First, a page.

ARDMORE, Pa. — Is it finally Hunter Mahan's time to shine, after so many years being considered on the verge of greatness? Or perhaps it will be Rickie Fowler, who recorded the best round of the day Saturday, suddenly moving within striking distance of an impressive pack.
By the time they crown a champion at the 113th U.S. Open at Merion on Sunday night — or perhaps Monday — should it come down to a tie necessitating an 18-hole playoff, he certainly will have earned it. Nothing has come easy at the place immortalized by Bobby Jones and Ben Hogan, where Lee Trevino once outdueled Jack Nicklaus in a 1971 playoff.
That doesn't figure to change during today's final round, which is just fine with the Mahan, the 31-year-old former Oklahoma State golfer who briefly held a share of the lead Saturday before two late bogeys dropped him to one-under par 69 for the day, a shot behind Phil Mickelson. Tied with Mahan at even-par 210 are Steve Stricker and former Masters' champion Charl Schwartzel of South Africa. Justin Rose, Jason Donald and Billy Horschel are at plus-1, with Fowler, another former Oklahoma State standout, four off the pace at three-over.
“Yeah, it feels good, one of many players near the top — Stricker, Rose, Donald and Horschel — who've never won a major,” Mahan said. “It's exciting.
“I feel like my game's been good for a while and I felt like this course suits me pretty well. It feels good to be in the hunt and be in contention.''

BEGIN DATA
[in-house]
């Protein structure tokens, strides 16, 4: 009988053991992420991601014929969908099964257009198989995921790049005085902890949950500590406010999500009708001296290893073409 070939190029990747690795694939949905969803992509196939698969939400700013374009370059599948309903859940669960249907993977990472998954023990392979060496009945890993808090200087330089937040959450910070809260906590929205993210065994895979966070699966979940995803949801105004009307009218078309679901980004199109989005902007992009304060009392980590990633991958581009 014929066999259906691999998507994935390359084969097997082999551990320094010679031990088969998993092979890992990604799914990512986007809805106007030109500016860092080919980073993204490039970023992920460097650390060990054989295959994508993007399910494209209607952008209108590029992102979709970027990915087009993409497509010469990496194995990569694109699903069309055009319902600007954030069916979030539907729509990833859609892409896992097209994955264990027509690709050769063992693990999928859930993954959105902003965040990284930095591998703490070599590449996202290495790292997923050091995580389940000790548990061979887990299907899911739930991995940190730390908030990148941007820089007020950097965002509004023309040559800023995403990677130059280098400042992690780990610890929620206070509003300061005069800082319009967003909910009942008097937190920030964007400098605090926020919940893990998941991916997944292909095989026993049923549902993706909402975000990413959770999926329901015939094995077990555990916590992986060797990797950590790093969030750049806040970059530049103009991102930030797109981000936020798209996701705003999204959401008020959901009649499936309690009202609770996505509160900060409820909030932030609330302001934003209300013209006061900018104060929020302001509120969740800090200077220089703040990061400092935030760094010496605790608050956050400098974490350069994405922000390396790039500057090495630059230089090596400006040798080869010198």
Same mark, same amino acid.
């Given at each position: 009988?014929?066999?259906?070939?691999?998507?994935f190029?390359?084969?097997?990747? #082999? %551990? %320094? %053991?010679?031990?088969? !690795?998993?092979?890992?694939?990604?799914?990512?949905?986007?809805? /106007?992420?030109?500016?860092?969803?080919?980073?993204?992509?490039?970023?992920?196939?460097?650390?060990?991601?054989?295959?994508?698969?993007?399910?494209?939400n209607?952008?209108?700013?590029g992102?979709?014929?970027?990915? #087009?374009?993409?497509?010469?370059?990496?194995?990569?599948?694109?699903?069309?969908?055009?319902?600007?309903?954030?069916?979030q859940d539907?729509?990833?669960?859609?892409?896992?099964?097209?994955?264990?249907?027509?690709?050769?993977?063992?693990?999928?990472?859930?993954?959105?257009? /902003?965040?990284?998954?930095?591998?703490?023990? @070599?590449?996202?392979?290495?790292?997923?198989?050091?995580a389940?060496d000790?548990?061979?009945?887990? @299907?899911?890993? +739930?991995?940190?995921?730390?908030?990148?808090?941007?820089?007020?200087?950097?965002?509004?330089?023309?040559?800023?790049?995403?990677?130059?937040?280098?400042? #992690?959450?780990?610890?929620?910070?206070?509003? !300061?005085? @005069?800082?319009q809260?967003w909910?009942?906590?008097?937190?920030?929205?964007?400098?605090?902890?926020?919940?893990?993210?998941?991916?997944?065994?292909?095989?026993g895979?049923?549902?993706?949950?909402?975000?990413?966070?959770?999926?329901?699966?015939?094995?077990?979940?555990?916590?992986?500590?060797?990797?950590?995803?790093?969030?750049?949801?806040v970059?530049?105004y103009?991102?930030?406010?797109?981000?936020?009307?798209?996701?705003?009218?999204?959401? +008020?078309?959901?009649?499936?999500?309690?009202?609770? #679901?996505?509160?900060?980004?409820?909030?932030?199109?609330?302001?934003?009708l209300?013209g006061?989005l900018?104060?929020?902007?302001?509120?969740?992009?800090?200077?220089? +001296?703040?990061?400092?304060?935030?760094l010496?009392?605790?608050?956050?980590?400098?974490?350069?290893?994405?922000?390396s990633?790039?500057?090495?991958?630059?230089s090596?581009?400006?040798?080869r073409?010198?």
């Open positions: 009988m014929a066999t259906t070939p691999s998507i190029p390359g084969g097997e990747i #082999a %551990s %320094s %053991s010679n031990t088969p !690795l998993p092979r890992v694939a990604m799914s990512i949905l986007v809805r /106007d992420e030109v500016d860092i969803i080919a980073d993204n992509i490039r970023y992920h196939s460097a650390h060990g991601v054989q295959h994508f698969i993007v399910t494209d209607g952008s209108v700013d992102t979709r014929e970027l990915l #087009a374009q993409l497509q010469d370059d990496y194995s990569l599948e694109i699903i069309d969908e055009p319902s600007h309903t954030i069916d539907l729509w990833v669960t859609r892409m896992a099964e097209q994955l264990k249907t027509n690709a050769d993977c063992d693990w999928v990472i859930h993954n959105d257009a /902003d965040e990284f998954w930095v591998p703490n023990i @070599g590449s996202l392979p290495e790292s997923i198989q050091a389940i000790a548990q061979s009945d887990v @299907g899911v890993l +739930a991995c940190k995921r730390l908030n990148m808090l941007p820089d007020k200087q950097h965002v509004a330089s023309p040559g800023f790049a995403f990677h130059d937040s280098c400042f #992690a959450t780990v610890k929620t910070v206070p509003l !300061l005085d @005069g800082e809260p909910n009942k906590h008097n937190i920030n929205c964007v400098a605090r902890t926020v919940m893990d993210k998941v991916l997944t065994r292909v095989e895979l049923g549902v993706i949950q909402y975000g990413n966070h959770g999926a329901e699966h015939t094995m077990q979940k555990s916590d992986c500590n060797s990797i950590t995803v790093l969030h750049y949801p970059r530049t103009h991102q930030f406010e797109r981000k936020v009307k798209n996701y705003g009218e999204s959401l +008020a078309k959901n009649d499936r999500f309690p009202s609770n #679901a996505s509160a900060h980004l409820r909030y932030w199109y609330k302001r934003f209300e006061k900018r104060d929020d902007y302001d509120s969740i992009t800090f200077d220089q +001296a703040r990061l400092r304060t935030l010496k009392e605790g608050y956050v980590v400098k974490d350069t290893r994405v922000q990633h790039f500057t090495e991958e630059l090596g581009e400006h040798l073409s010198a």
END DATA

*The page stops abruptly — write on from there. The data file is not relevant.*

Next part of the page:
While many players have all but cursed the USGA for the way they've set up the rough and placed the pins in spots nearly impossible to reach, Mahan's more diplomatic. He knows Merion is tough enough on its own.
But he welcomes the challenge ahead.
“This course is very penalizing,” said Mahan, who'll go head-to-head with Mickelson in the final group of the day. “If you hit an errant shot, you're going to have a tough time making par.
“This course tests you from tee to green. Those last two holes (which he bogeyed) are the hardest holes on the course probably, so I did a lot of good things today.
“You really can't be upset at shooting under par.”
Especially if you're Fowler, who recorded the day's best round, three-under 67.
“Finally I kind of pieced everything together,'' said Fowler, who came into the day six-over after shooting 70-76 through the first two rounds. “I played well the first day scoring.
“Yesterday (Friday) I just had a bad stretch and today I just made a few putts to keep the round going.
“But I feel like if I get off to a good start tomorrow, get through the first six holes, stay patient, stay within myself, I can play well from there on in.''
Mahan and Fowler weren't the only former Oklahoma State golfers to fare well Saturday. Bo Van Pelt shot a 72 to move into a tie for 16th. And Edward Loar at one point was three-under for the day with his name on the leader board, but he faded down the stretch, finishing with a 73 to go seven-over.
But today most Sooner State eyes figure to be on Fowler and particularly Mahan, who'll be trying to erase his name with all those others from the dreaded “best player to never win a major” category.
“It's going to be a very, very exciting finish because I don't think any lead is safe,” Mahan said. “You just don't know what's going to happen.”
All he can hope is that perhaps this will be the day the golfing gods smile on him. And what better time than now?